One afternoon I stopped at a convenience store to pick up some bubble gum but to my dismay I found none in the candy rack. So I asked the clerk if he had any bubble gum in stock, and he said no, he was completely out.
Now, I usually don’t get upset over such trivial matters but I found this situation so absurd that I lost my cool. “Do you mean to tell me,” I bellowed, “that out of all the convenience stores in the world, yours is actually out of bubble gum?”
“I do apologize, sir,” the clerk replied calmly, “but if it makes you feel any better, I do have mashed potatoes.”
“BUT I DON’T WANT MASHED POTATOES,” I roared. “I WANT BUBBLE GUM!”
“I understand, sir,” the clerk continued in his calm demeanor, “but you see, there was a major mixup in the delivery of my stock and I wound up with a truck full of canned mashed potatoes. I have no room in the stockroom for anything else and I can’t make any room if I don’t sell the mashed potatoes.”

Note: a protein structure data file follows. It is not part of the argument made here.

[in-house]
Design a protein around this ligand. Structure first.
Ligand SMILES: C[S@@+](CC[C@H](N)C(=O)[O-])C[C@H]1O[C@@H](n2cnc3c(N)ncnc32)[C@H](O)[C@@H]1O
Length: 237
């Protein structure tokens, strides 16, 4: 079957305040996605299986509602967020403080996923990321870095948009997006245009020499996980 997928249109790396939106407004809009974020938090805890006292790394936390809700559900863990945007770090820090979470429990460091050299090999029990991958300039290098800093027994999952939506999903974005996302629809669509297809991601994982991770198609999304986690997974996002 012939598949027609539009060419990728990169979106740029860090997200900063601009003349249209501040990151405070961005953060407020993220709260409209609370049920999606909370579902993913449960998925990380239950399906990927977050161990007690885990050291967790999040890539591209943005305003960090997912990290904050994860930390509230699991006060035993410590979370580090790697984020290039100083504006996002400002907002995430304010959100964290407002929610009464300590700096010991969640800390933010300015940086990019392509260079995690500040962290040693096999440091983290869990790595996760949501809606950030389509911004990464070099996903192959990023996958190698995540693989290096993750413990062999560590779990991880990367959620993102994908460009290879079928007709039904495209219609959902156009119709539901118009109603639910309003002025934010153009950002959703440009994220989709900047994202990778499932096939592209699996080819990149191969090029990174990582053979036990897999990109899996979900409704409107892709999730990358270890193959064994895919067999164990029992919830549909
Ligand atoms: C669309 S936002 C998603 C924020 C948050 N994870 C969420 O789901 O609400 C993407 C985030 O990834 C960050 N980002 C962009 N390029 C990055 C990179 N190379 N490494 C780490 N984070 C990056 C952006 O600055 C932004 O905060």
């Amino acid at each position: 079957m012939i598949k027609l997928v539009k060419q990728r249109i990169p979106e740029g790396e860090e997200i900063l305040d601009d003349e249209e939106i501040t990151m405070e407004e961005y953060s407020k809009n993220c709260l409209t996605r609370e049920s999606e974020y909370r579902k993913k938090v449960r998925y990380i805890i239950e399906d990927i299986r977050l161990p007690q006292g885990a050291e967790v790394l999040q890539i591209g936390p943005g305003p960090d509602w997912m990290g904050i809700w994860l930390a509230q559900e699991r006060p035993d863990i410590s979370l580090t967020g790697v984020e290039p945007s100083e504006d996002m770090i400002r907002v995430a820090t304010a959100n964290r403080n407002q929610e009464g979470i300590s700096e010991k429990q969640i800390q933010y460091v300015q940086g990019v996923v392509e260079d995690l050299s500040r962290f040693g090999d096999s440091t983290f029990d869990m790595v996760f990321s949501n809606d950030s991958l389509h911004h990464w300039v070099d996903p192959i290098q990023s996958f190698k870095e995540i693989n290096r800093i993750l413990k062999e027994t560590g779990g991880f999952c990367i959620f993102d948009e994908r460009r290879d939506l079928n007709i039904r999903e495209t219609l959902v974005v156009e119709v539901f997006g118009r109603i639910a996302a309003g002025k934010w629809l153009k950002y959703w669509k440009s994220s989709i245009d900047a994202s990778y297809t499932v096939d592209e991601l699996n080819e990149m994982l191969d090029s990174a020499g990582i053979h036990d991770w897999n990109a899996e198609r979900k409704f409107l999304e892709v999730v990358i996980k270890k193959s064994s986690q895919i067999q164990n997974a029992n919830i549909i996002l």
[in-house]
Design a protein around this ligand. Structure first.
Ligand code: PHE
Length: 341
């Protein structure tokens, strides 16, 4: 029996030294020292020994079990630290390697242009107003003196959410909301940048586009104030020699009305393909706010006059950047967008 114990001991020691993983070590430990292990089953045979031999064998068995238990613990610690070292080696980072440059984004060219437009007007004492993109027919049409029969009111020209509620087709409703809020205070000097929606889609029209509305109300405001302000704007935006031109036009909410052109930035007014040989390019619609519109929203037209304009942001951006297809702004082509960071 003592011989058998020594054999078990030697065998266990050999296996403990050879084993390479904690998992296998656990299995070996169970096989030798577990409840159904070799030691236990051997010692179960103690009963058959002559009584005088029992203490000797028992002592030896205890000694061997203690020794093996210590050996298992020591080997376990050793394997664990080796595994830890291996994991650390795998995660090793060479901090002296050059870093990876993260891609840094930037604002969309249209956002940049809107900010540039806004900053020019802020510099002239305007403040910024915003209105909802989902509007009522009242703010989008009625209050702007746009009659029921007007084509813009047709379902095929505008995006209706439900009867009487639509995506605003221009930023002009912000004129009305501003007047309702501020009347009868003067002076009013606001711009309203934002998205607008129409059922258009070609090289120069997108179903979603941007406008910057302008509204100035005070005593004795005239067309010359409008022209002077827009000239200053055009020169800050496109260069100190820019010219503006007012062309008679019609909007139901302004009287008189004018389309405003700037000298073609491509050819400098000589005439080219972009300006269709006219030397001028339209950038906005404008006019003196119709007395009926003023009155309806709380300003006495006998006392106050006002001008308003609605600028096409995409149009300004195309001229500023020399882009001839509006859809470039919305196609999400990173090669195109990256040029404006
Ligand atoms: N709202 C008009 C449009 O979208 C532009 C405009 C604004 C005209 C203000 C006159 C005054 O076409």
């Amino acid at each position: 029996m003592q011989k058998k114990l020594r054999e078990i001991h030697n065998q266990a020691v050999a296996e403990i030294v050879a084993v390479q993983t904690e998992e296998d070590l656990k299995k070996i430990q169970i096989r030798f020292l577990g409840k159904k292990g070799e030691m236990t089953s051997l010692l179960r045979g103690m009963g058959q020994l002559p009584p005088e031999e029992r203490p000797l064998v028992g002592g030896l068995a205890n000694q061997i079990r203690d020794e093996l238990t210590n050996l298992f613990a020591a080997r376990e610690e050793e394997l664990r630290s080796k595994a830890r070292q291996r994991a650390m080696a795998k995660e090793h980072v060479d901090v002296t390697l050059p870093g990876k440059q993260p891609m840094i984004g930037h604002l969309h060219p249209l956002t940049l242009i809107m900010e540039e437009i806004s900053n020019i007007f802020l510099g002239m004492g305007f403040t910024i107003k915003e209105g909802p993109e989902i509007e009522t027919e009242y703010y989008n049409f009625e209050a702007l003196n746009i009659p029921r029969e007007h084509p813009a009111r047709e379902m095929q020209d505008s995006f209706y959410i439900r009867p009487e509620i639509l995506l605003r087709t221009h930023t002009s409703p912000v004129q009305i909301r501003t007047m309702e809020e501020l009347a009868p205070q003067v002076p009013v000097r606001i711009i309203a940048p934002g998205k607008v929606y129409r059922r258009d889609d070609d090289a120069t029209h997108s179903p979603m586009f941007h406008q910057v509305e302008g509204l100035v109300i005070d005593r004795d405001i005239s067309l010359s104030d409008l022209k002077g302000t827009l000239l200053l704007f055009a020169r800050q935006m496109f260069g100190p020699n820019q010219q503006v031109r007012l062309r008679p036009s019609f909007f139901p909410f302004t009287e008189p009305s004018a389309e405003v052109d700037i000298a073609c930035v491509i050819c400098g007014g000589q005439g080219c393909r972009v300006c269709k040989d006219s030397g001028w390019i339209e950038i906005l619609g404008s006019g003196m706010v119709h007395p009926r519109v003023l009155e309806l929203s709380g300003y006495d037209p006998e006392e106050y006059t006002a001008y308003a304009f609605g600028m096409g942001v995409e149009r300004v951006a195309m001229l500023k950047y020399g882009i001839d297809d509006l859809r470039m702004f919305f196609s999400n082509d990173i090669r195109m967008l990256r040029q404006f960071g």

“So why, pray tell, should I buy mashed potatoes instead of bubble gum?” I asked.
“Mashed potatoes don’t give you cavities.”
A few minutes later I left the convenience store with two large boxes containing dozens of canned mashed potatoes I had just purchased, enough mashed potatoes to last me several years. As I drove home, I began to think about what had happened in the convenience store. The clerk managed to sell me something better than what I was expecting without intimidation, pressure or bait and switch tactics.
The next morning I met with my sales team to introduce the “bubble gum and mashed potatoes” strategy to help boost our sales. After they implemented this strategy, our sales skyrocketed and we easily outsold the competition. Our company was finally put on the map.
From time to time I still get people who ask me how we did it, to which I only smile and reply, “Bubble gum and mashed potatoes.” They’ll just have to figure it out from there.